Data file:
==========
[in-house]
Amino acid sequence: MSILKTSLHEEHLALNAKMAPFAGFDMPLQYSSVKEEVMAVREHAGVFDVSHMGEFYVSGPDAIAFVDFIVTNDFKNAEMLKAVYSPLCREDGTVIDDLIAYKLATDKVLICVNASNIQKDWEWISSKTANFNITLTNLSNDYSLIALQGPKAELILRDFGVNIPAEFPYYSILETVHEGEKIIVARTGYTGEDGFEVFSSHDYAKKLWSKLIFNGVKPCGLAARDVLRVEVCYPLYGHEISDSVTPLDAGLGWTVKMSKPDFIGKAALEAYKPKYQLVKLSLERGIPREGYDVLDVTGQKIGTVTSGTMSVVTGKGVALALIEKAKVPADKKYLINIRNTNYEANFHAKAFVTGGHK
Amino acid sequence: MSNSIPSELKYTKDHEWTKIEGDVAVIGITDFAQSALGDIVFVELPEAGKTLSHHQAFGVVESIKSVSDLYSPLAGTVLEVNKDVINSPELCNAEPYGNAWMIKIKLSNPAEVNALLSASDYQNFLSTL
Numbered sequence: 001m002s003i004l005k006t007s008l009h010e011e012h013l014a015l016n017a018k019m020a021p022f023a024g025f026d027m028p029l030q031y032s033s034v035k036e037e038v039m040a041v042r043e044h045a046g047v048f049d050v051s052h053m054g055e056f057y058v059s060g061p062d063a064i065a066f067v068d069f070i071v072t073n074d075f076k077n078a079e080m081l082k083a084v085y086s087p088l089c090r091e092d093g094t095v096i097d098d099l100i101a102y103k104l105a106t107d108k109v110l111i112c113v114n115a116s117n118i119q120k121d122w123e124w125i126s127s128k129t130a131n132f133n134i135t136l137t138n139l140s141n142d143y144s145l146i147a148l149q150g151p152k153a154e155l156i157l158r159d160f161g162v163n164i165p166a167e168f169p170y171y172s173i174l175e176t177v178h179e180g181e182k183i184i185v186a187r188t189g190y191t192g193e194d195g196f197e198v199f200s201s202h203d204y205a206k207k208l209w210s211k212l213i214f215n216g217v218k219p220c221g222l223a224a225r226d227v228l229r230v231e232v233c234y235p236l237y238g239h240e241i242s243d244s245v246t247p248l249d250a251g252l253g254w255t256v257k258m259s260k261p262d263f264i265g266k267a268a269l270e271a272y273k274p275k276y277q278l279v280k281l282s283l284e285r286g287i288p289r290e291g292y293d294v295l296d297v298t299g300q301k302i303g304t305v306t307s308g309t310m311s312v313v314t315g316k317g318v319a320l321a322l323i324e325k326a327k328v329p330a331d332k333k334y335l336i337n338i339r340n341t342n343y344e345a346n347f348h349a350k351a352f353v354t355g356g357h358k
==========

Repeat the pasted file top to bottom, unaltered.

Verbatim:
[in-house]
Amino acid sequence: MSILKTSLHEEHLALNAKMAPFAGFDMPLQYSSVKEEVMAVREHAGVFDVSHMGEFYVSGPDAIAFVDFIVTNDFKNAEMLKAVYSPLCREDGTVIDDLIAYKLATDKVLICVNASNIQKDWEWISSKTANFNITLTNLSNDYSLIALQGPKAELILRDFGVNIPAEFPYYSILETVHEGEKIIVARTGYTGEDGFEVFSSHDYAKKLWSKLIFNGVKPCGLAARDVLRVEVCYPLYGHEISDSVTPLDAGLGWTVKMSKPDFIGKAALEAYKPKYQLVKLSLERGIPREGYDVLDVTGQKIGTVTSGTMSVVTGKGVALALIEKAKVPADKKYLINIRNTNYEANFHAKAFVTGGHK
Amino acid sequence: MSNSIPSELKYTKDHEWTKIEGDVAVIGITDFAQSALGDIVFVELPEAGKTLSHHQAFGVVESIKSVSDLYSPLAGTVLEVNKDVINSPELCNAEPYGNAWMIKIKLSNPAEVNALLSASDYQNFLSTL
Numbered sequence: 001m002s003i004l005k006t007s008l009h010e011e012h013l014a015l016n017a018k019m020a021p022f023a024g025f026d027m028p029l030q031y032s033s034v035k036e037e038v039m040a041v042r043e044h045a046g047v048f049d050v051s052h053m054g055e056f057y058v059s060g061p062d063a064i065a066f067v068d069f070i071v072t073n074d075f076k077n078a079e080m081l082k083a084v085y086s087p088l089c090r091e092d093g094t095v096i097d098d099l100i101a102y103k104l105a106t107d108k109v110l111i112c113v114n115a116s117n118i119q120k121d122w123e124w125i126s127s128k129t130a131n132f133n134i135t136l137t138n139l140s141n142d143y144s145l146i147a148l149q150g151p152k153a154e155l156i157l158r159d160f161g162v163n164i165p166a167e168f169p170y171y172s173i174l175e176t177v178h179e180g181e182k183i184i185v186a187r188t189g190y191t192g193e194d195g196f197e198v199f200s201s202h203d204y205a206k207k208l209w210s211k212l213i214f215n216g217v218k219p220c221g222l223a224a225r226d227v228l229r230v231e232v233c234y235p236l237y238g239h240e241i242s243d244s245v246t247p248l249d250a251g252l253g254w255t256v257k258m259s260k261p262d263f264i265g266k267a268a269l270e271a272y273k274p275k276y277q278l279v280k281l282s283l284e285r286g287i288p289r290e291g292y293d294v295l296d297v298t299g300q301k302i303g304t305v306t307s308g309t310m311s312v313v314t315g316k317g318v319a320l321a322l323i324e325k326a327k328v329p330a331d332k333k334y335l336i337n338i339r340n341t342n343y344e345a346n347f348h349a350k351a352f353v354t355g356g357h358k